The hole theory of liquids

Auluck, F. C. ; Kothari, D. S. (1944) The hole theory of liquids Nature , 153 . p. 777. ISSN 0028-0836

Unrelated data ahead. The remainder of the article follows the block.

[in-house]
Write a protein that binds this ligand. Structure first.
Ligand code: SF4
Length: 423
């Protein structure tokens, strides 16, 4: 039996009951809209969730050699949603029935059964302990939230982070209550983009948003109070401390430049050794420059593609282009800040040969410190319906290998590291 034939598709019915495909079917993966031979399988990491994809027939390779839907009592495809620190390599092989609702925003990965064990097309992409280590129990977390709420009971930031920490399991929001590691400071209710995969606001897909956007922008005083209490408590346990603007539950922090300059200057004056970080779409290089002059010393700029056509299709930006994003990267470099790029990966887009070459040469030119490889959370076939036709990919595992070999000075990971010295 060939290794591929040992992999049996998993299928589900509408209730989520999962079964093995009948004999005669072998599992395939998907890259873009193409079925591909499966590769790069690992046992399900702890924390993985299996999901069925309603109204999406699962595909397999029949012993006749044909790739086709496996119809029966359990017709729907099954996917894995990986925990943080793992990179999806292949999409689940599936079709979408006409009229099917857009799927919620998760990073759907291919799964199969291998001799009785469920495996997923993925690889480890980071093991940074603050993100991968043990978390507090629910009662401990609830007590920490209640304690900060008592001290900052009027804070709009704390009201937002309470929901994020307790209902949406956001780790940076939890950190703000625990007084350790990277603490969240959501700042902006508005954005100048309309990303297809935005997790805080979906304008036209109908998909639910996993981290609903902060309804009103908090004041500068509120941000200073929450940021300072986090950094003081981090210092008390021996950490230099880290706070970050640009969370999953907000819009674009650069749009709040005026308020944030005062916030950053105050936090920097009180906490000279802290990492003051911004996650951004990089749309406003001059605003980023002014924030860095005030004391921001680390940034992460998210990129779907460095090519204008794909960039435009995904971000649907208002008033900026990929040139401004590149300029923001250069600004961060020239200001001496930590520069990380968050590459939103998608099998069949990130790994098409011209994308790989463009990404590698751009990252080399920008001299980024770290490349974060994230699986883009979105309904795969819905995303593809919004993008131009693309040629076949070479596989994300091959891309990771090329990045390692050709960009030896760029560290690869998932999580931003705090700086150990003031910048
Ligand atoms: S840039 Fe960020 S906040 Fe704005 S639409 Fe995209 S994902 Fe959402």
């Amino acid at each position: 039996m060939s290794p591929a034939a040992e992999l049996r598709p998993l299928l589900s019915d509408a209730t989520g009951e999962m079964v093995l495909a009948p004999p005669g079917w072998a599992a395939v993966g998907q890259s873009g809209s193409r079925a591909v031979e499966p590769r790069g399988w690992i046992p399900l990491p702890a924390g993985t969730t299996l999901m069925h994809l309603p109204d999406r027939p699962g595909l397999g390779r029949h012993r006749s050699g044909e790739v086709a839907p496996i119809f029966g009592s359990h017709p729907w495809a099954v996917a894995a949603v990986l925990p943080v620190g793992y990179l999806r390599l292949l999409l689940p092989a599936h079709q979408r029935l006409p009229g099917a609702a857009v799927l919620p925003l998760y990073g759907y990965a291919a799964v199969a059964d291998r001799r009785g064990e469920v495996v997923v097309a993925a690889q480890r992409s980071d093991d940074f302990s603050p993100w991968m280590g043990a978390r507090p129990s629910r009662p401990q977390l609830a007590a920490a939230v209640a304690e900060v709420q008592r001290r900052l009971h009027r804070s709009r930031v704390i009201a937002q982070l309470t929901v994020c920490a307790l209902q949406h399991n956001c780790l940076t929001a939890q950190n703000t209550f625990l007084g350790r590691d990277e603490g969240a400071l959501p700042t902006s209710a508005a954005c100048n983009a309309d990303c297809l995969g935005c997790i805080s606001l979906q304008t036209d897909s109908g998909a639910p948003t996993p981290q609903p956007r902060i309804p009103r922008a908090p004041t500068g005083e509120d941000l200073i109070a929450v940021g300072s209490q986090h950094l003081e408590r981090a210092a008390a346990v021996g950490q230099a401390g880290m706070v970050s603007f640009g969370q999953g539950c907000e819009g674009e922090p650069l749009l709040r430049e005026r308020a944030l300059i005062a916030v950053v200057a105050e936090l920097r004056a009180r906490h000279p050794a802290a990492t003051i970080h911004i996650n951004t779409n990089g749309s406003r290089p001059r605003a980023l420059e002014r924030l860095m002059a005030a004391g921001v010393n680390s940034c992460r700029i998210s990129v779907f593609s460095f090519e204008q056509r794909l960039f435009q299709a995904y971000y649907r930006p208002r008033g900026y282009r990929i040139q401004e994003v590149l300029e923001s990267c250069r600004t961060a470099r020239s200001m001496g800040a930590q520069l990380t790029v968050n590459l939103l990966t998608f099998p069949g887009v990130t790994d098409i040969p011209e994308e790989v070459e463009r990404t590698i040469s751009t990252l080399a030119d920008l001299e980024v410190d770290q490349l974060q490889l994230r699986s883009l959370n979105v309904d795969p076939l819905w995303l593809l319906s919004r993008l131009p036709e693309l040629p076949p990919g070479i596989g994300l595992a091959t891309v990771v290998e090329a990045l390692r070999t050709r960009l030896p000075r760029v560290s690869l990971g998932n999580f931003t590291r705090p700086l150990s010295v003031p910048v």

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Recently, Furth1, in a series of papers, has developed the hole theory of the liquid state. A liquid is regarded as a continuum permeated by a large number of holes, the number of holes being comparable to the number of particles in the liquid. The motion of the holes in the material continuum is similar to that of particles in a gas, and the hole theory on this account has a formal similarity with the kinetic theory of gases. A hole has four degrees of freedom, three of translation and one corresponding to a change in its radius. The average period for radial oscillation of holes is found to be which is of a far smaller order of magnitude than the meanlife Γ of the hole, σ, represents the surface tension of the liquid, ρ its density, T the temperature and k is Boltzmann's constant. The meanlife as discussed by Furth is the time for which a hole lasts before it is destroyed by evaporation of molecules into it. In determining the meanlife, Fürth has neglected the effect of curvature on the rate of evaporation. When this is taken into account, the hole theory affords a simple though, because of its inherent defects, not quantitatively accurate description of the variation of viscosity of liquids with pressure. For example, for pressures smaller than p2, the internal pressure of the liquid, we have where q is the ratio of the viscosity under pressure p(kgm./cm.2) to that under atmospheric pressure, M the gram molecular weight, and R the gas constant. For most liquids pi is of the order of 103 kgm./cm.2.

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